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Learn how to program

by alf123 (Initiate)
on Jan 15, 2008 at 23:54 UTC ( #662591=perlquestion: print w/ replies, xml ) Need Help??
alf123 has asked for the wisdom of the Perl Monks concerning the following question:

I am 13 years old, still not serious for a career. I want make small desktop applications. The author of Learning Perl said that it is not for beginners. And I found three books that do not need experience: Elements of Programming with Perl (L Andrew Johnson). Teach Yourself Perl 5 in 21 Days (David Ut). Beginning Perl, Second Edition (James Lee). What is the best?. Thanks. OFF: Pardon my English very basic. I am Argentinian and I am learning English. If the book is in English there isnt a problem. Thanks.

Comment on Learn how to program
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Re: Learn how to program
by swampyankee (Parson) on Jan 16, 2008 at 00:40 UTC

    I tend to think of Perl as a good option, although certainly not the only one. If you chose Perl, I think that the best Perl primer is probably Learning Perl, by brian d foy, Randal Schwartz, and Tom Phoenix.

    However, while many people (especially beginning programmers) believe the choice of language is critical, it's not: the language is a tool, and programming is a discipline. In addition to a book about a computer language, you need to get educated about programming. For that, you're going to have to do quite a bit of hunting. One place to look may be here: The Art of Computational Science, but my background is in engineering, not computer science, and most certainly not in computer science education.


    Information about American English usage here and here.

    Any Northeastern US area jobs? I'm currently unemployed.

Re: Learn how to program
by GrandFather (Sage) on Jan 16, 2008 at 00:42 UTC

    The canonical book for learning Perl is Learning Perl (the Llama). You may also find the Tutorials section and, (just a very little) later on, the Seekers of Perl Wisdom section (right here in fact) are very useful resources for learning.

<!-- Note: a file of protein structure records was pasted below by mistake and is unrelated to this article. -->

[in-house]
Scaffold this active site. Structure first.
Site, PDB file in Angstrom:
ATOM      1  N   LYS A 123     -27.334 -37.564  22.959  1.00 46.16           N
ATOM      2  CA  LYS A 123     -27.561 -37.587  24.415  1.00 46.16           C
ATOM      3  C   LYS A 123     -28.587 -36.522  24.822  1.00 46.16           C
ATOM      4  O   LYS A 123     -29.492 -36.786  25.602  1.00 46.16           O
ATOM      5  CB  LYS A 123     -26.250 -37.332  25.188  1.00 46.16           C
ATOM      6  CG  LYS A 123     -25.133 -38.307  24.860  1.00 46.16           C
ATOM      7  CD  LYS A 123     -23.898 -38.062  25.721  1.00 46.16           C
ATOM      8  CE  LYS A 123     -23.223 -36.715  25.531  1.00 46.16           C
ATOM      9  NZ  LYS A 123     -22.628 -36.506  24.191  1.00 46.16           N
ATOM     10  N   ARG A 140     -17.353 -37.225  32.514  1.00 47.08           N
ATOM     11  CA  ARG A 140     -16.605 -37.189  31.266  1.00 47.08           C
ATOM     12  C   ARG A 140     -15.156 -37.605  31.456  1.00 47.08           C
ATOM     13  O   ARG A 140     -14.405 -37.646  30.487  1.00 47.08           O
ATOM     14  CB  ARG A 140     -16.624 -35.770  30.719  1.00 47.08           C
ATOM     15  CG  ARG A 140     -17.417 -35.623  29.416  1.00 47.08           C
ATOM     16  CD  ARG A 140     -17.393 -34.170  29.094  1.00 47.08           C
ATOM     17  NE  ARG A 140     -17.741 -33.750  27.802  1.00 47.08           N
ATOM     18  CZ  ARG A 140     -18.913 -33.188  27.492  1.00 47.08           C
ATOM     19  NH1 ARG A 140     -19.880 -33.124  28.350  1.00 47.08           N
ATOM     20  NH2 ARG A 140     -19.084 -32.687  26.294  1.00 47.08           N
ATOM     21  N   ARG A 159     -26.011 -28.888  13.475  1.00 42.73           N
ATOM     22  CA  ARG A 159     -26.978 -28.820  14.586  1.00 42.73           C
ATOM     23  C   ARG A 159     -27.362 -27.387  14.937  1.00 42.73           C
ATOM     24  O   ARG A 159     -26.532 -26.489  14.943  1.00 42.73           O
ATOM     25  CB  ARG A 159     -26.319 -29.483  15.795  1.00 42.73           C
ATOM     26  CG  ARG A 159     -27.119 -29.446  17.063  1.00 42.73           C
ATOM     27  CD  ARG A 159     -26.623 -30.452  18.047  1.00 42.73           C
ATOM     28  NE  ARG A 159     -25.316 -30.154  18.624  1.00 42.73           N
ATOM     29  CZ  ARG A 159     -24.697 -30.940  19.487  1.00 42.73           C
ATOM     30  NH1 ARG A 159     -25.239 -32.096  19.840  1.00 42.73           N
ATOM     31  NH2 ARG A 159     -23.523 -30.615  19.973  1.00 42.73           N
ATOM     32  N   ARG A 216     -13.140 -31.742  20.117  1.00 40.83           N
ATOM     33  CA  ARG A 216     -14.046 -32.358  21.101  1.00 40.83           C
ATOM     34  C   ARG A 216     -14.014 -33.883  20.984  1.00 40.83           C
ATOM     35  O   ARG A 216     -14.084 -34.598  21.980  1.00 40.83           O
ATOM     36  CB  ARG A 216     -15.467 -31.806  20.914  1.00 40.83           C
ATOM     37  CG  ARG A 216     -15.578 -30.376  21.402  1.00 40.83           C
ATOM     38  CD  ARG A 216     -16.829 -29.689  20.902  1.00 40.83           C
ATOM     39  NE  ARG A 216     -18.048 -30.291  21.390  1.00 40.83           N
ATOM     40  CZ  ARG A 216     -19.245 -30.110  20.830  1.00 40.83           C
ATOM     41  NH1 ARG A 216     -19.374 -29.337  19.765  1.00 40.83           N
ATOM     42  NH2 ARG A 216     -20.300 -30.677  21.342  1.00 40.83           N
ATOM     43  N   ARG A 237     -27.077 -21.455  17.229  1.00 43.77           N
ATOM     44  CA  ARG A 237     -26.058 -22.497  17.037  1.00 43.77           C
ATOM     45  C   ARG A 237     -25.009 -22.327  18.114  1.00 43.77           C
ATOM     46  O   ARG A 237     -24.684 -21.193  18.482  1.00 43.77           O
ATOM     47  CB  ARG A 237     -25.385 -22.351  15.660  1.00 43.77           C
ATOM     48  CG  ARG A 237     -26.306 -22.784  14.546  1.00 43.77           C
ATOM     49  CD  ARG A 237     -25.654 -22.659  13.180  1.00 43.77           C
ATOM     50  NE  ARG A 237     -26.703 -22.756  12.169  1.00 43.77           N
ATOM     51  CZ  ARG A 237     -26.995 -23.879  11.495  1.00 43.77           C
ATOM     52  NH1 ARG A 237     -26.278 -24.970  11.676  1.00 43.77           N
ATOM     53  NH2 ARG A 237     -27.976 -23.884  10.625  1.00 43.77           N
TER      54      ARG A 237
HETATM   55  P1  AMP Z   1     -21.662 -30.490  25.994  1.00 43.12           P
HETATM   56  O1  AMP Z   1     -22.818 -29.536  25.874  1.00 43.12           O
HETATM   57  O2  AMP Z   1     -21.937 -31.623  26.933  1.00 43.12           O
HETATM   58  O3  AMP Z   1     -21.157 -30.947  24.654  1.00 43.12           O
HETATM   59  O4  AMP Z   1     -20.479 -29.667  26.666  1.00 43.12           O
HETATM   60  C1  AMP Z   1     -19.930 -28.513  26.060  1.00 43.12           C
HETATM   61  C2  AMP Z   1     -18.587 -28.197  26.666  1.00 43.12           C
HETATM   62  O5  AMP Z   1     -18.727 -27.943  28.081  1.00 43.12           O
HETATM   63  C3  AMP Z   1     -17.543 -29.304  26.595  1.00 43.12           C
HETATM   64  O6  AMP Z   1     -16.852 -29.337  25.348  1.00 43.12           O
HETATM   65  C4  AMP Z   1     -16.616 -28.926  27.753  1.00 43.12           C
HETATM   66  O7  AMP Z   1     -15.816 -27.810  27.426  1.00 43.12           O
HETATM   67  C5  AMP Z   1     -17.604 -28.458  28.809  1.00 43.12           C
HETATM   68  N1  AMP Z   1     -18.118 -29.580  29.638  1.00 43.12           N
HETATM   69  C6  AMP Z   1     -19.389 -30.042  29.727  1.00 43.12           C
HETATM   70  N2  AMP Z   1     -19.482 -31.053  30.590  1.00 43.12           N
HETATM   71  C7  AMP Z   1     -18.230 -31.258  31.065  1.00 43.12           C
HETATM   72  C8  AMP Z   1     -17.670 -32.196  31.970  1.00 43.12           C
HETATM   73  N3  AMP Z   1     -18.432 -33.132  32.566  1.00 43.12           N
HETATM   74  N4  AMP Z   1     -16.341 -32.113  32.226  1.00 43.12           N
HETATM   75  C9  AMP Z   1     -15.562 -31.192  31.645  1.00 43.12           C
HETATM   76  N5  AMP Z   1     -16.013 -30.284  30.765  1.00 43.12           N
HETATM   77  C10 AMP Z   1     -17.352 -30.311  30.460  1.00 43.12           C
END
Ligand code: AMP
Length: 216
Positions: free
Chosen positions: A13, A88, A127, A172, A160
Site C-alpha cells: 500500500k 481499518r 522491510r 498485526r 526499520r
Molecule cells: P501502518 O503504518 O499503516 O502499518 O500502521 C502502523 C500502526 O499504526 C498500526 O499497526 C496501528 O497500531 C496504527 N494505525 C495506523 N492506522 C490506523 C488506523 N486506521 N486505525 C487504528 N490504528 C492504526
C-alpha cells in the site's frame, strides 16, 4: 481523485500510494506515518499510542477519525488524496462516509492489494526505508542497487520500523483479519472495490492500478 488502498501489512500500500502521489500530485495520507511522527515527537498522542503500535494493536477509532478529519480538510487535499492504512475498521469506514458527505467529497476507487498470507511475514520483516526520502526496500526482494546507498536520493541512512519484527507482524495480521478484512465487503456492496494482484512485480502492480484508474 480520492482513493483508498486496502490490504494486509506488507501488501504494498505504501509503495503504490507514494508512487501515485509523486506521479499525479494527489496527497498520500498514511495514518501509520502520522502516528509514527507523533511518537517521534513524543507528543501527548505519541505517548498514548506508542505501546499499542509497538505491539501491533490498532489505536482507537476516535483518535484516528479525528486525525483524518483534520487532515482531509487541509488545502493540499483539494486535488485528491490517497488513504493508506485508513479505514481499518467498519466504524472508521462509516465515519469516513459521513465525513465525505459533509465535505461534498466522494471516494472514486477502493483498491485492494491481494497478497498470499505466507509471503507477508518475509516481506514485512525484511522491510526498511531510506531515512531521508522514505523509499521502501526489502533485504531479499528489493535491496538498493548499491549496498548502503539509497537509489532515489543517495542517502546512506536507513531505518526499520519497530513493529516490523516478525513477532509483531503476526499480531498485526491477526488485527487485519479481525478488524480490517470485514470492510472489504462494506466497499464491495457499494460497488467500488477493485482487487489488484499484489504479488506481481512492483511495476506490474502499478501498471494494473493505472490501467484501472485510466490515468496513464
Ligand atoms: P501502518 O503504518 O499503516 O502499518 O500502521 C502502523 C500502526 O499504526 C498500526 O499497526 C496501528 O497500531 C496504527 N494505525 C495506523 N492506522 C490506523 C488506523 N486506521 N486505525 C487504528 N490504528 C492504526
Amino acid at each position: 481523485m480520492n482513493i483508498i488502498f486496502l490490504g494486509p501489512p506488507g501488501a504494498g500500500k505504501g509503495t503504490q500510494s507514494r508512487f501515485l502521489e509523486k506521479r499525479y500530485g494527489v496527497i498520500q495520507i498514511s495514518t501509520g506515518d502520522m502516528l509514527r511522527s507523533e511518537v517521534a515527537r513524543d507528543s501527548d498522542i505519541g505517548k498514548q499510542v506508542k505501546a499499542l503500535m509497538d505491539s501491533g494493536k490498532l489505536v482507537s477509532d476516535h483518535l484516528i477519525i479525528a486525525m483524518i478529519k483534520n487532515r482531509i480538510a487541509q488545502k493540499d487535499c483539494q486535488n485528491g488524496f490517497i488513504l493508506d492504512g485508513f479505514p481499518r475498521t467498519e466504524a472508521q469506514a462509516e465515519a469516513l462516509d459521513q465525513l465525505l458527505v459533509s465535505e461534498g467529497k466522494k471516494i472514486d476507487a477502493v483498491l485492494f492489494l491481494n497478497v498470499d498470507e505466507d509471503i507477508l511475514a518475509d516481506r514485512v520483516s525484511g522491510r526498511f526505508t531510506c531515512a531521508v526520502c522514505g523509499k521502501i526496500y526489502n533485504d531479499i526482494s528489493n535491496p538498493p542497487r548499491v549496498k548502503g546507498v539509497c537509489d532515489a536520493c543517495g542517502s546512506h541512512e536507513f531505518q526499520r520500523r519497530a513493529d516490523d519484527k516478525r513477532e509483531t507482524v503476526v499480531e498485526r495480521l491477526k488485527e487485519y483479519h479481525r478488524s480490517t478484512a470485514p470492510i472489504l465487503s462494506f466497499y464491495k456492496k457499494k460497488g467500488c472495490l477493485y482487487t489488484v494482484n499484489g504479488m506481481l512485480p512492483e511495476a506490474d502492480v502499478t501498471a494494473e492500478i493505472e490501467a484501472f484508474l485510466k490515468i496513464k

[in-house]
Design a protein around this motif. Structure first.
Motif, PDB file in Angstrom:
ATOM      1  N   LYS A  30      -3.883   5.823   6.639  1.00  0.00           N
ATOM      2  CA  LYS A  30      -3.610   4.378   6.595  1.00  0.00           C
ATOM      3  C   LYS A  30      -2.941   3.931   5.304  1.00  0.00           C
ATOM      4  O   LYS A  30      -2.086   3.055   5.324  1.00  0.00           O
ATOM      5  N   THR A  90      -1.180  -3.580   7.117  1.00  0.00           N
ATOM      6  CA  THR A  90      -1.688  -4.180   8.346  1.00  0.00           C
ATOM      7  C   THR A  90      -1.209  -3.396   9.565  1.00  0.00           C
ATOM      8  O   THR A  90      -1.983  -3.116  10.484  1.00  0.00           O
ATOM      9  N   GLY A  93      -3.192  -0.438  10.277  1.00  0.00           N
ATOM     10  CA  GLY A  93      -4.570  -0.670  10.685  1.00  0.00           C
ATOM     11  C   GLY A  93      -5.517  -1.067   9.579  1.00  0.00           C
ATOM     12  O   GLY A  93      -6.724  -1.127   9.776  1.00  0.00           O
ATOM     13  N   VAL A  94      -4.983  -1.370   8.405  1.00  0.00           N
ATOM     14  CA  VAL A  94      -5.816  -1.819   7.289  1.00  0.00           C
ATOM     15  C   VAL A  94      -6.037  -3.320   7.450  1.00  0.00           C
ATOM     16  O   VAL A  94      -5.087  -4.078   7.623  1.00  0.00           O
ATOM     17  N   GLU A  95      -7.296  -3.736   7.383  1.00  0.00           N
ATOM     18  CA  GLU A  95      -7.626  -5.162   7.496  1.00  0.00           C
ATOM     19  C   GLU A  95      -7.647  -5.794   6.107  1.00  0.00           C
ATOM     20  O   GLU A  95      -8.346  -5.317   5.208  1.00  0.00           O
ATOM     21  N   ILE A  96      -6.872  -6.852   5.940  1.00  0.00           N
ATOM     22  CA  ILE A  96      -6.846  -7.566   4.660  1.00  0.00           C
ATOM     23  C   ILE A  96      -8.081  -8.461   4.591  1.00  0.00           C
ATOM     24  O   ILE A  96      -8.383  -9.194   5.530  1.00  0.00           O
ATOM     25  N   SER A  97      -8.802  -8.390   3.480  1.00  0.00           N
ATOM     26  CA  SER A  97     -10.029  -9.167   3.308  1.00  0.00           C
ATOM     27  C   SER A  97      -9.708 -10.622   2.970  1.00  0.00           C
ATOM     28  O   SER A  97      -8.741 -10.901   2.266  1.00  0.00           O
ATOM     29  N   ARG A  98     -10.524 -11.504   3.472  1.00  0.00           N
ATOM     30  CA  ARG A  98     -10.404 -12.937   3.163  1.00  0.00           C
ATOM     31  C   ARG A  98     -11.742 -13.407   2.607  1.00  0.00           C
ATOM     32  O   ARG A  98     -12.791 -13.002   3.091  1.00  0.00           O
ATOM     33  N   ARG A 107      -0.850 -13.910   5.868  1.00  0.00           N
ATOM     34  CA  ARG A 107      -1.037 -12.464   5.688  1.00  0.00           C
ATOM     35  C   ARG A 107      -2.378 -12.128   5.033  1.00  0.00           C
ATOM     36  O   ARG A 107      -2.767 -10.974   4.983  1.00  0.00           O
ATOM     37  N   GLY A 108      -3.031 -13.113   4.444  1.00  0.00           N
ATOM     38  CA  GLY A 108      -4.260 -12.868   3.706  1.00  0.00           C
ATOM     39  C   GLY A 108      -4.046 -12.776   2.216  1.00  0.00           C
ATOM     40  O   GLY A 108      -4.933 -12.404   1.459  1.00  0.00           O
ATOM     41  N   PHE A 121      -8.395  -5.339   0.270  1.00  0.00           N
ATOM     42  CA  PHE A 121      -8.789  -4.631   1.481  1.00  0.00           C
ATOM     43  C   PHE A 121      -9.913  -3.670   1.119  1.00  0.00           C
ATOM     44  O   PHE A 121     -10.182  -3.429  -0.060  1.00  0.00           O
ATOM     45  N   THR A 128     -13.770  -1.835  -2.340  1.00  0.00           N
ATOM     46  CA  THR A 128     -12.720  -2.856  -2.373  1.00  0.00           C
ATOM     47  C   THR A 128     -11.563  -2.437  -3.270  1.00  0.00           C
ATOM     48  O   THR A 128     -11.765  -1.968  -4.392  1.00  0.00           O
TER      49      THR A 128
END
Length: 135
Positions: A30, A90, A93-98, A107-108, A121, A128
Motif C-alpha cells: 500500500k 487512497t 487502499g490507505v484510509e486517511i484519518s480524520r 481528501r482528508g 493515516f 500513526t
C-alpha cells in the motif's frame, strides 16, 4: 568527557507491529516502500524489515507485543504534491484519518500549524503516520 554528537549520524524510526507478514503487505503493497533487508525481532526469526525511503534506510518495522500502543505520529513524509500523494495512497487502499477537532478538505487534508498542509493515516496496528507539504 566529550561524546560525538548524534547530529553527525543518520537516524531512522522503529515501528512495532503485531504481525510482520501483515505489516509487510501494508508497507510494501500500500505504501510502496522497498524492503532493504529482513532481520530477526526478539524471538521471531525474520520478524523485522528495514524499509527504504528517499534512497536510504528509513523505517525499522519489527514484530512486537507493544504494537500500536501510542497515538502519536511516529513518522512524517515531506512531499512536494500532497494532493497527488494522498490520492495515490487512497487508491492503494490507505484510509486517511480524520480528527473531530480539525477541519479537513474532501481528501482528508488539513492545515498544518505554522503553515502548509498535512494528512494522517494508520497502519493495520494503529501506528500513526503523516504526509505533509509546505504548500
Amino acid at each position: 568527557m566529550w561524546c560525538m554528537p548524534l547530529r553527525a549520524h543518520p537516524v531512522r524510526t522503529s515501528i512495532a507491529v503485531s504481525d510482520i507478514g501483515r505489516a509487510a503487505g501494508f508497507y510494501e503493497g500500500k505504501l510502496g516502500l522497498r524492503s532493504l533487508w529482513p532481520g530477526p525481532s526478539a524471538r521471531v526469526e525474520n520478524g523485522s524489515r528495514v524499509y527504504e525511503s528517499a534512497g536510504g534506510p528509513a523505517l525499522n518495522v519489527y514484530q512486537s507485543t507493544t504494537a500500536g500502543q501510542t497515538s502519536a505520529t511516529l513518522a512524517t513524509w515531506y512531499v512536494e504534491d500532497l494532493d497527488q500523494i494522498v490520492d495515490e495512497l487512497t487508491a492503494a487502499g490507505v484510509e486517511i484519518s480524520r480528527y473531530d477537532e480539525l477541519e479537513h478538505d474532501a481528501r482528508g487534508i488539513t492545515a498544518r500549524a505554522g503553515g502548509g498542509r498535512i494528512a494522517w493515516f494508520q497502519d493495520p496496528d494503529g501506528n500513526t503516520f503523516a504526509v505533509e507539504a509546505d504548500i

Perl is environmentally friendly - it saves trees
Re: Learn how to program
by Anonymous Monk on Jan 16, 2008 at 04:07 UTC
      Hi dude,
      indeed what you're trying to do is the most fundamental on what you want to learn.
      If you're a computer science grad or wannabe, then learning OOP through C++ should really be helpful to provide u a solid foundation.

      If you're an engineer or have to manipulate a lot of data, doing a lot of background stuff, then perl is for you.

      If you want to do window type programming, either choose c# or java, which language is totally a matter of your personal choice :)
      Or if you just want to program for fun, maybe it's syntax is easier to learn. and you can still leverage on the powerful .net framework
      ~that's just my two cents~
Re: Learn how to program
by ArmandoG (Sexton) on Jan 16, 2008 at 14:59 UTC
    Hola!!! Sorry perlmonks but this comments has to go in spanish
    Hola Mira lo que yo te recomiendo es que empieces con un libro como el "Llama Book" de O'Reilly y el de Sam's Teach you Perl in 21 Days o algo asi se llama el libro, porque los dos? bueno Sam's te da la informacion mas en palabras que entiendas, Llama book es mas conciso mas explicativo y a veces tiende a hacerte bolas, :o) , no te miento yo uso ambos libros todavia, cuando ya estes a gusto con lo basico te recomiendo mucho que despues compres el libro del dromedario ( "Camel Book" )ya que despues ese libro se vuelve tu mejor aliado. Saludos desde Mexico
Re: Learn how to program
by dsheroh (Prior) on Jan 16, 2008 at 15:45 UTC
    As much as I love Perl and tend to use it for just about everything, making graphical desktop applications is not widely regarded as one of its strengths and I do not believe that Learning Perl goes into GUI programming at all. I do have a separate book (also from O'Reilly), Learning Perl/Tk on that topic, but, while I have read the book, I have not done enough with Tk programming to have any real sense of how good the book's information may be.

    If, however, you're interested in making web-based applications, Perl is an excellent choice. The last chapter of Learning Perl covers CGI programming, which is the fundamental method of creating web-based applications in Perl, and there are many other books (as well as tutorials here on perlmonks) covering CGI for once you're comfortable with the basics of the language.

Re: Learn how to program
by rreck (Initiate) on Jan 16, 2008 at 11:03 UTC
    Despite what others say, I find OReilly books hard to learn from. Don't get me wrong I think they are great reference material. I learned Perl from David Till's book ->
    I guess if you are buying a used copy for 31 cents you can hardly go wrong. David Till was even nice enough to send me the programs all typed in. Structured programming is easier to learn, but might not serve you in the long run if you choose programming as a career.

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